Lt. Dan Band rocks Grafenwoehr - U.S. Army - FMWRC - 81574-2010-07-29-160709 Free Music To Listen
Image by familymwr www.armymwr.com Lt. Dan Band rocks Grafenwoehr GRAFENWOEHR, Germany - It was the perfect patriotic setting: the smell of grilled hamburgers permeated the air, the crowd dressed in a sea of red, white and blue, a dog barked at two kids passing a Frisbee across the Main Post parade field and bare feet danced to music blaring from the stage. It was the perfect American celebration, well, except that it happened to be located in Germany. But on this Independence Day, Americans and Germans joined forces to celebrate the great country of America; what it stands for, what freedoms we have and bring to others and our vast history of good ol' American rock-n-roll. To showcase this genre of music, Emmy Award-winning actor Gary Sinise along with his entourage of musical friends (12 members in all) took to the stage and entertained more than 4,000 Soldiers, family and community members, July 4, and provided a look inside the musical stylings of the Lt. Dan Band. Although Sinise denies any parallels to the title character, he stated that after years of touring overseas to visit the men and women of the armed forces, Soldiers would notoriously call him "Lt. Dan." "There were some people, I think, that didn't know my real name," said Sinise, in a graveling tone. "But I thought the name had a nice ring to it and since Lt. Dan was a military man himself, the name stuck." Sinise played second fiddle to Tom Hanks in his infamous role as Lt. Dan in "Forrest Gump," but for many fans, Sinise remains in the forefront. "He has such a passion for military service," said family member Sheila McIntire. "This is a great tribute to (Soldiers and family members). All of the work he does really makes a difference." Sinise has devoted countless hours to aiding military veterans and currently serves as the national spokesperson for the American Veterans Disabled for Life Memorial. He also started the grass-roots program "Operation International Children," an organization that collects and sends school supplies to Soldiers overseas for distribution to schools in Iraq, Afghanistan and other nations. Additionally, when he's not solving crimes as Detective Mac Taylor on the hit show "Crime Scene Investigation: New York, (CSI:NY)," Sinise takes his talents on the road, touring with the United Service Organizations (USO), playing free show for thousands of Soldiers and family members every year. "A lot of people have their reasons for giving back and lending a hand to the military community and they give through various service endeavors," said Spc. Marcus Kranz, U.S Forces Customs Europe. "People like Gary Sinise help out by entertaining and lifting morale of the community." The energy was high as the Lt. Dan Band performed a two-hour set of soul-funk-pop-country-blues-rock with a bit of "Bugle Boy" thrown in. Sinise provided the downbeat playing the bass and the individual talents of each band member reverberated through the crowd. "They are all talented musicians," said family member Sarah Krantz. "Their sound is great and you can tell it's not just a vanity project. They are having fun on stage and working together to put on a great show." From Jeff Vezain's electric stage presence, Mitch Paliga's saxophone serenade, Danny Gottlieb's constant drum beat, Dan Myers' extraordinary violin playing and the soothing sounds of numerous vocalists including Julie Dutchak and Mari Anne Jayme, the Lt. Dan Band pulled out all the stops to provide a foot-stomping, adrenaline-pumping show. All of the band members are veterans of the stage with vast experience within the music industry. Electric guitarist Kimo Williams, however, is a veteran both on and off the stage. In 1970, Williams was sent to Vietnam and assigned to a combat engineer company that built roads and cleared land in the jungle. To deal with the stress of combat he took to the guitar and started practicing, hoping to play like his hero Jimi Hendrix. An Army entertainment director heard him playing at one of the service clubs and suggested he form a band to perform for the troops in the field. For the next two months, September through November 1970, Williams and his band "The Soul Coordinators" traveled to remote fighting areas throughout Vietnam. They often set up their drums and amps in the deep jungle mud with their music at times competing with artillery fire. "I was armed with a guitar and an M-16," said Williams. "Depending on what was happening, I'd use one or the other." Williams' ability to tell a story, sing and wail on the guitar pleased the crowd, garnering numerous cheers and a standing ovation. Many in the audience sang along as Williams played "Fire," an arrangement that would surely make Hendrix proud. Turning the attention to the audience, vocalists Dutchak and Jayme pulled Pvt. 2 Chris Maloof, 172nd Infantry Brigade, on stage and serenaded him with a sultry rendition of "Natural Woman," as the strapping Soldier swooned over the singers under a shy grin and rosy cheeks. The show came to end and the crowd screamed for more. The band listened and played a 10-song encore ending with show stomping "God Bless the U.S.A.," much to the delight of spectators. "I can't think of a better way to celebrate Independence Day than being with the men and women of our armed forces," said Sinise. "The band and I are always happy to hit the road with the USO. We love performing for troops, because their sacrifices make it possible for the rest of us to live our lives. They deserve so much more, and this is just one way for us to let them know we appreciate what they do." USO and TriWest Health Care Alliance sponsored the event with support from Family and Morale, Welfare and Recreation and U.S. Army Garrison Grafenwoehr. PHOTO CAPTION: Gary Sinise kept the downbeat on his electric bass while entertaining a crowd of more than 4,000 during a 4th of July concert with this band, the Lt. Dan Band. U.S. Army photo by Molly Hayden, USAG Grafenwoehr. Cleared for public release, not for commerical use, attribution requested.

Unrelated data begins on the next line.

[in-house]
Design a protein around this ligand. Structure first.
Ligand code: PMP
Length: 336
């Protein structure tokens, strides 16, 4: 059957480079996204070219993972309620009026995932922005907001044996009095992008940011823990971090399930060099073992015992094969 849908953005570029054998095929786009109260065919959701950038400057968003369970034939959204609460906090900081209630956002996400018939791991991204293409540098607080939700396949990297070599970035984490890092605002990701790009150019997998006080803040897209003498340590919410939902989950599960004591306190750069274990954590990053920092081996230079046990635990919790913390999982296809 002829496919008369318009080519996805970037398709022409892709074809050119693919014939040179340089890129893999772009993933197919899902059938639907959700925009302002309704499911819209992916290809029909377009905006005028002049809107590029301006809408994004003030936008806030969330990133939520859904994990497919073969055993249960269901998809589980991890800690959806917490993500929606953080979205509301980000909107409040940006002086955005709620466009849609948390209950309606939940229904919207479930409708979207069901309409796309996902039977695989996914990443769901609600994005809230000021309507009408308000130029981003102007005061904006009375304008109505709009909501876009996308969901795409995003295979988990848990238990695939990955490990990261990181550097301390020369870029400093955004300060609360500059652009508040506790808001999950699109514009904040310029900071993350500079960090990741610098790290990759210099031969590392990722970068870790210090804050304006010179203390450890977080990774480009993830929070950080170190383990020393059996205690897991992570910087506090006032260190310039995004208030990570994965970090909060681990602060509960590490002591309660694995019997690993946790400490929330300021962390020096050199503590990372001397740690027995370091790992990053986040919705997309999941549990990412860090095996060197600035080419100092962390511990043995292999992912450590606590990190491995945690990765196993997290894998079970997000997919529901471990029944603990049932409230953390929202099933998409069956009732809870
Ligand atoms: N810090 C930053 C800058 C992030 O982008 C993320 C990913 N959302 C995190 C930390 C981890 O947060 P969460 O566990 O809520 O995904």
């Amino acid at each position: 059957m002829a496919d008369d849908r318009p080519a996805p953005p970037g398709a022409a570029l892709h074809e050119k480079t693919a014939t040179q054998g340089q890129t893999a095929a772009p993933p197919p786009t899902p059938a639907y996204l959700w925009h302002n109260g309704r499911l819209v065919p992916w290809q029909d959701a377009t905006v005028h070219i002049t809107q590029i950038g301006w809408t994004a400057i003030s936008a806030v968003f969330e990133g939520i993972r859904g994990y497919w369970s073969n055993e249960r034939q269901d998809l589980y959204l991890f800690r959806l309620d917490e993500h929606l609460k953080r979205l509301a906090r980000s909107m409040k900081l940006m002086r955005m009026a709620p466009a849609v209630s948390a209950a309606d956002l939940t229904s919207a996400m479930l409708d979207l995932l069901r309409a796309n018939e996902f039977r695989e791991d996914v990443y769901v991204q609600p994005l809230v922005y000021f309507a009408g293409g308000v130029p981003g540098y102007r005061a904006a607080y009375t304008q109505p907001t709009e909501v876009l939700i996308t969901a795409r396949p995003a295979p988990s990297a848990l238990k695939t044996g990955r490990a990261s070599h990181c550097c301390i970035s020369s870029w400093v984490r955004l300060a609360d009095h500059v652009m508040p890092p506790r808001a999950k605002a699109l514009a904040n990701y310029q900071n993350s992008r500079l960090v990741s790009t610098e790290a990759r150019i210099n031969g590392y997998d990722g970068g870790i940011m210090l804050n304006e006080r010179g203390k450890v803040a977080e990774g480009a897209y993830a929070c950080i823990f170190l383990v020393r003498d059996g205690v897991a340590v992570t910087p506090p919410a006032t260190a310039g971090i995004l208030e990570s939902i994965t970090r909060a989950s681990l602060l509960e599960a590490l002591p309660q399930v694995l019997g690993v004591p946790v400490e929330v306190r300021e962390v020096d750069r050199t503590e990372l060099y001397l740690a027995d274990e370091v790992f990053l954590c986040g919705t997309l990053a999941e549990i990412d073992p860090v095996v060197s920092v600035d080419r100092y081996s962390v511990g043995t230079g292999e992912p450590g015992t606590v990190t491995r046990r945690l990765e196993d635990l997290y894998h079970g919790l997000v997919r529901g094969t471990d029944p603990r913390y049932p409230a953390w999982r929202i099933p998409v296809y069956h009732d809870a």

Fink in Concert @ Rotown Free Music To Listen
Image by Vincent_AF Wanna have a listen to the amazing Fink? www.myspace.com/finkmusic Feel free to use this image in a non-commercial manner! I only ask you to link back to my flickr account! Thanks! View On Black